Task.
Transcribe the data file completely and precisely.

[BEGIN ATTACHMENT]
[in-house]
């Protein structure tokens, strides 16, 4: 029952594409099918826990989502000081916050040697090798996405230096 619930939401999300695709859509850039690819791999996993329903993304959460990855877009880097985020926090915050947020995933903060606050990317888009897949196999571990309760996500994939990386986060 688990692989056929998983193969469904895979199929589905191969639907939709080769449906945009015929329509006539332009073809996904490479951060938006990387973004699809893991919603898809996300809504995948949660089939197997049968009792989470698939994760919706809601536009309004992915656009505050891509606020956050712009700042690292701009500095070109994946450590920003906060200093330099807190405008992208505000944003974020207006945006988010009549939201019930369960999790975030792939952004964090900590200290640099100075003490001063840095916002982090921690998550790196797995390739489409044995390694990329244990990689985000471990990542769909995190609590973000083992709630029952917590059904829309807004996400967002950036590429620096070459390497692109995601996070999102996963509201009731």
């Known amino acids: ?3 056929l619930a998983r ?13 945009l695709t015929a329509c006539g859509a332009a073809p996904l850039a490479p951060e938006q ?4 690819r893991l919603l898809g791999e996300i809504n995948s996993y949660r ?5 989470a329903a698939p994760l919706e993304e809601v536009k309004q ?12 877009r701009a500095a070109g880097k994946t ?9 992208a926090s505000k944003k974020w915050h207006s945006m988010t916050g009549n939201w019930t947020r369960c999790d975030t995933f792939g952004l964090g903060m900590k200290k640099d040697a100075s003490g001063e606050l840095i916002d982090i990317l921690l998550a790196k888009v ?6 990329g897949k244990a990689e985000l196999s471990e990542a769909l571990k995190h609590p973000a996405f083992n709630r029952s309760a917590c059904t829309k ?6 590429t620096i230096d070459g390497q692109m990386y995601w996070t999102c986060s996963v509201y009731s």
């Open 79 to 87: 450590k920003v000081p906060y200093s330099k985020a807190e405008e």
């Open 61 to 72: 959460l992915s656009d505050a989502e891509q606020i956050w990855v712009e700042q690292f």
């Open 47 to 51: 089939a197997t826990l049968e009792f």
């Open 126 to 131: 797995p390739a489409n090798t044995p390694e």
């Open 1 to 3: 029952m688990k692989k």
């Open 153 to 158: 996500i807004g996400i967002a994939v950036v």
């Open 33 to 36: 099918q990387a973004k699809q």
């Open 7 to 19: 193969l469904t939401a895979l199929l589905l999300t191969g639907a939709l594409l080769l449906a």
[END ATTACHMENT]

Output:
[in-house]
């Protein structure tokens, strides 16, 4: 029952594409099918826990989502000081916050040697090798996405230096 619930939401999300695709859509850039690819791999996993329903993304959460990855877009880097985020926090915050947020995933903060606050990317888009897949196999571990309760996500994939990386986060 688990692989056929998983193969469904895979199929589905191969639907939709080769449906945009015929329509006539332009073809996904490479951060938006990387973004699809893991919603898809996300809504995948949660089939197997049968009792989470698939994760919706809601536009309004992915656009505050891509606020956050712009700042690292701009500095070109994946450590920003906060200093330099807190405008992208505000944003974020207006945006988010009549939201019930369960999790975030792939952004964090900590200290640099100075003490001063840095916002982090921690998550790196797995390739489409044995390694990329244990990689985000471990990542769909995190609590973000083992709630029952917590059904829309807004996400967002950036590429620096070459390497692109995601996070999102996963509201009731």
């Known amino acids: ?3 056929l619930a998983r ?13 945009l695709t015929a329509c006539g859509a332009a073809p996904l850039a490479p951060e938006q ?4 690819r893991l919603l898809g791999e996300i809504n995948s996993y949660r ?5 989470a329903a698939p994760l919706e993304e809601v536009k309004q ?12 877009r701009a500095a070109g880097k994946t ?9 992208a926090s505000k944003k974020w915050h207006s945006m988010t916050g009549n939201w019930t947020r369960c999790d975030t995933f792939g952004l964090g903060m900590k200290k640099d040697a100075s003490g001063e606050l840095i916002d982090i990317l921690l998550a790196k888009v ?6 990329g897949k244990a990689e985000l196999s471990e990542a769909l571990k995190h609590p973000a996405f083992n709630r029952s309760a917590c059904t829309k ?6 590429t620096i230096d070459g390497q692109m990386y995601w996070t999102c986060s996963v509201y009731s």
């Open 79 to 87: 450590k920003v000081p906060y200093s330099k985020a807190e405008e």
């Open 61 to 72: 959460l992915s656009d505050a989502e891509q606020i956050w990855v712009e700042q690292f």
């Open 47 to 51: 089939a197997t826990l049968e009792f």
């Open 126 to 131: 797995p390739a489409n090798t044995p390694e």
């Open 1 to 3: 029952m688990k692989k």
């Open 153 to 158: 996500i807004g996400i967002a994939v950036v």
């Open 33 to 36: 099918q990387a973004k699809q």
């Open 7 to 19: 193969l469904t939401a895979l199929l589905l999300t191969g639907a939709l594409l080769l449906a």